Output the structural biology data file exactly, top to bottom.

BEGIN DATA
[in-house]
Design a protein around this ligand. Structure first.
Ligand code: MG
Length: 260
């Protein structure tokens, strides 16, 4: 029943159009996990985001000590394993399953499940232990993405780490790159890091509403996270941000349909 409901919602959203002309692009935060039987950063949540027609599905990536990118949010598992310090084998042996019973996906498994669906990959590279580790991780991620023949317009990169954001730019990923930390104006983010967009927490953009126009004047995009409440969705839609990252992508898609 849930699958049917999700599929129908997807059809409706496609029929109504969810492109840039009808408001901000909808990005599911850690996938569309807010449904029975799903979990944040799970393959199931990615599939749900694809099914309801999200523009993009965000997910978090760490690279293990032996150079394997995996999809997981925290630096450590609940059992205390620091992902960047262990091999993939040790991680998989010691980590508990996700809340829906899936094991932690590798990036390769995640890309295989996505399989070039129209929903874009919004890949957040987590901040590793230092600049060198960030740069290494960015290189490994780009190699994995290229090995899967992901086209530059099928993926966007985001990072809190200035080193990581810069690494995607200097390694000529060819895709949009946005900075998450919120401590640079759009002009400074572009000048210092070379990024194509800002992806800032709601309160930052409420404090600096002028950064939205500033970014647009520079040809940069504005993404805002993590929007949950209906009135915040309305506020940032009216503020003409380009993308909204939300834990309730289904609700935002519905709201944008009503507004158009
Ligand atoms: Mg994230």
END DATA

[in-house]
Design a protein around this ligand. Structure first.
Ligand code: MG
Length: 260
């Protein structure tokens, strides 16, 4: 029943159009996990985001000590394993399953499940232990993405780490790159890091509403996270941000349909 409901919602959203002309692009935060039987950063949540027609599905990536990118949010598992310090084998042996019973996906498994669906990959590279580790991780991620023949317009990169954001730019990923930390104006983010967009927490953009126009004047995009409440969705839609990252992508898609 849930699958049917999700599929129908997807059809409706496609029929109504969810492109840039009808408001901000909808990005599911850690996938569309807010449904029975799903979990944040799970393959199931990615599939749900694809099914309801999200523009993009965000997910978090760490690279293990032996150079394997995996999809997981925290630096450590609940059992205390620091992902960047262990091999993939040790991680998989010691980590508990996700809340829906899936094991932690590798990036390769995640890309295989996505399989070039129209929903874009919004890949957040987590901040590793230092600049060198960030740069290494960015290189490994780009190699994995290229090995899967992901086209530059099928993926966007985001990072809190200035080193990581810069690494995607200097390694000529060819895709949009946005900075998450919120401590640079759009002009400074572009000048210092070379990024194509800002992806800032709601309160930052409420404090600096002028950064939205500033970014647009520079040809940069504005993404805002993590929007949950209906009135915040309305506020940032009216503020003409380009993308909204939300834990309730289904609700935002519905709201944008009503507004158009
Ligand atoms: Mg994230």